As was heavily discussed on the Worship Discussion list, Emergent Church (EC) is a movement (they prefer the word "conversation") that takes a very different interpretation of all things Christian and all things scriptural.

One of the foremost red flags for me is the extreme emphasis on community and the extreme minimalization of the personal aspect of salvation. Is that enough of a red flag??

Some of what they are talking about has merit. Most heresy does. Most erroneous doctrine takes a nugget of truth and surrounds it with a bunch of quasi-logical statements that blow enough smoke to make it sound ethereal, somewhat mystical, and much more spiritual that what YOU're doing! The Holier-Than-Thou crowd in new clothing.

The piece that Helena quoted by Matthew Campbell is really about trying to modernize worship. It refers to McLaren's writings. McLaren is one of the founding voices of the ECMovement.

A quote from a friend who attended a John Piper conference at the end of September:
<QUOTE author="Earl McCullough">
Earl McCullough Wrote:Be aware, the emergent church may have clever, and perhaps effective methods. But has questionable, if not doctrinally dangerous beliefs that are often left vague and ambiguous.

[One speaker at that conference,] Marc Driscoll, the most radical and post-modern of the bunch, was associated with the emergent church many years ago, and broke off when he saw that they were moving towards compromising the gospel. snip

I would say regarding the emergent impact on worship, we need to not necessarily adjust to and accomodate the emergent church movement, but rather to react against it's danger areas...for example, to scrutinize the words and message of songs to ensure they are biblically accurate and that they expound the essentials of our faith, so our songs are worthy offerings to a Holy God.  As far as post-modern goes, we should probably be more aware of how we can package the gospel without losing authenticity, so that it is relevant to those we are leading/teaching/evangelizing/etc...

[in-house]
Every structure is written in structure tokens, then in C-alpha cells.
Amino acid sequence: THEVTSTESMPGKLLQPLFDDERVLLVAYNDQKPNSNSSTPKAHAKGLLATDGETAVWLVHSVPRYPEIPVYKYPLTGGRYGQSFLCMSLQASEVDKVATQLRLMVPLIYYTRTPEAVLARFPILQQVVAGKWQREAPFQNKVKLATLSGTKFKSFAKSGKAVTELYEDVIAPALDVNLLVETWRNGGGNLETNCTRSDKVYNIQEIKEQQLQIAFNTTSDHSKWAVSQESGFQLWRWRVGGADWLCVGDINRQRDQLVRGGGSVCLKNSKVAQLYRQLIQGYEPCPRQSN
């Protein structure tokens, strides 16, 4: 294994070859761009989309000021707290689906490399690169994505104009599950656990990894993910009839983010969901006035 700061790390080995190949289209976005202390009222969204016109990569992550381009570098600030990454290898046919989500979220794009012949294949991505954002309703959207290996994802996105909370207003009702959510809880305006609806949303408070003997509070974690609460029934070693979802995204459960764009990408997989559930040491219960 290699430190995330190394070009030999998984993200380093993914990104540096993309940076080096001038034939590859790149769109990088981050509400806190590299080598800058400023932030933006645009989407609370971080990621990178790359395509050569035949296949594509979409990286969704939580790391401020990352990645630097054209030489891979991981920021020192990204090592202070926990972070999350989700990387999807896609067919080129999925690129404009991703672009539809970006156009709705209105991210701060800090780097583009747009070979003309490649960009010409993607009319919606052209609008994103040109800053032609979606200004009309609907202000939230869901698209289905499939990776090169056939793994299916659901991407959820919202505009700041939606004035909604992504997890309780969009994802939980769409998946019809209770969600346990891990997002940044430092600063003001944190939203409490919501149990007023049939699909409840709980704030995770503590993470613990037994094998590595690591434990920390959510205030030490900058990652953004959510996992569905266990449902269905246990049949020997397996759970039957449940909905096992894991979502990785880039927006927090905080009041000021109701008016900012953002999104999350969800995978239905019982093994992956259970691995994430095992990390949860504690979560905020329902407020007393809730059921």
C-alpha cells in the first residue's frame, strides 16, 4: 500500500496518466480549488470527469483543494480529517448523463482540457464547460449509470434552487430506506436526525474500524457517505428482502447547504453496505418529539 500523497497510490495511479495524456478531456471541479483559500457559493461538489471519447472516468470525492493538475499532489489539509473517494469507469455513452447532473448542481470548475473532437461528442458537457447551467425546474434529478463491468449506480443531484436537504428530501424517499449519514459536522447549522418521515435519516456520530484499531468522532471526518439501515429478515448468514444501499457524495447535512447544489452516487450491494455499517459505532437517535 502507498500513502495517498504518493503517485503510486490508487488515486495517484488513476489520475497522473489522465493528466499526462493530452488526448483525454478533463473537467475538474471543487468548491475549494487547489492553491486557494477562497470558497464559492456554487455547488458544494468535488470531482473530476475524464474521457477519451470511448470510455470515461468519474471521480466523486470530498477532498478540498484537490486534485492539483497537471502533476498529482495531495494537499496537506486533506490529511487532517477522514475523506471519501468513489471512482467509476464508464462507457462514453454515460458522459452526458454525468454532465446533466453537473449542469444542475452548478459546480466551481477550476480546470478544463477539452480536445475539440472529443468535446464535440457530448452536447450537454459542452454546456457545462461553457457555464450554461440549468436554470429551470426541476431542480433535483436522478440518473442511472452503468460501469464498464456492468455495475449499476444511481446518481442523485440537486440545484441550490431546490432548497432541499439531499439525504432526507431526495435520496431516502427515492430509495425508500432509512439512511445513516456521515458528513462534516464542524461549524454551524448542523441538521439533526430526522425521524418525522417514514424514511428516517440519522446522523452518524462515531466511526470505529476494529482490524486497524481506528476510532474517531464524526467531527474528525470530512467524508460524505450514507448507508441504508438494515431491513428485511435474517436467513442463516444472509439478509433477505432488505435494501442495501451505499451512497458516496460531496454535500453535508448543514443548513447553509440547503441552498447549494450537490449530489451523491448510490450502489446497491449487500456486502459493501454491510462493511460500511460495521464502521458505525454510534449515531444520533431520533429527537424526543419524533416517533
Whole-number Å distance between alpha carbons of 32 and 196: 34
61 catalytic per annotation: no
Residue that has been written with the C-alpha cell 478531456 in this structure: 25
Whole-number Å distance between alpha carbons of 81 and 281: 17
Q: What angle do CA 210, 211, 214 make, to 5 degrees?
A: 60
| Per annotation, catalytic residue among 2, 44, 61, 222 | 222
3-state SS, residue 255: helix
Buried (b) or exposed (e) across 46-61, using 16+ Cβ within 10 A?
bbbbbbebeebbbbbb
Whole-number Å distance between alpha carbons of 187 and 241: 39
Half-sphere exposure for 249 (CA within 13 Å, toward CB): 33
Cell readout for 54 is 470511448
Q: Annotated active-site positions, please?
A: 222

<QUOTE author="Berit Kjos">
Berit Kjos Wrote:Berit Kjos also wrote, "The emerging church movements today are still  trying to move the boundaries of His Kingdom. They have redefined God's Word and are fast embracing the latest versions of the old Gnostic quest for secret

knowledge (gnosis) and self-actualization, whether through mystical experience 

or collective imagination. Stamping out faith in Biblical absolutes is central to this transformation. A mind anchored in God's Word won't compromise, but when  that anchor is removed, the current of change can carry that mind anywhere."

And there is TONS more out there on the Internet about the "merits" and the deceptions credited to the ECM.

Short and sweet, Moe? The ECMovement wants to minimize the individual-focused saving acts of Christ. That's a bad thing. It wants to change scripture's intents. That's a bad thing. Do you need more??

Oh, there's one other way of looking at this. Would I criticize and dismiss an entire movement for a few bad practices and a couple of stupid statements by its founders? Oh, heck yes! In fact, I have dismissed an entire movement for a single letter! Read the Watchtower version of the Bible. John 1:1 "In the beginning was the word; and the word was with God and the word was A god." [emphasis added]. The denial of the efficacy of Christ for each individual is anti-Christ, denying His mission, refuting the very Word of God! NOT A GOOD THING!!!

Want me to tell you how I really feel??? :rant:

Emergent Churches / Emergent Worship - flaglady - 10-11-2006

Think we got that, Dean! And thanks for that explanation. There's been a couple of threads in another forum about it and I was a bit bothered by not understanding it because it's the forum I moderate!!

There's also a lot of chat about PostCharismatic! Huh?!!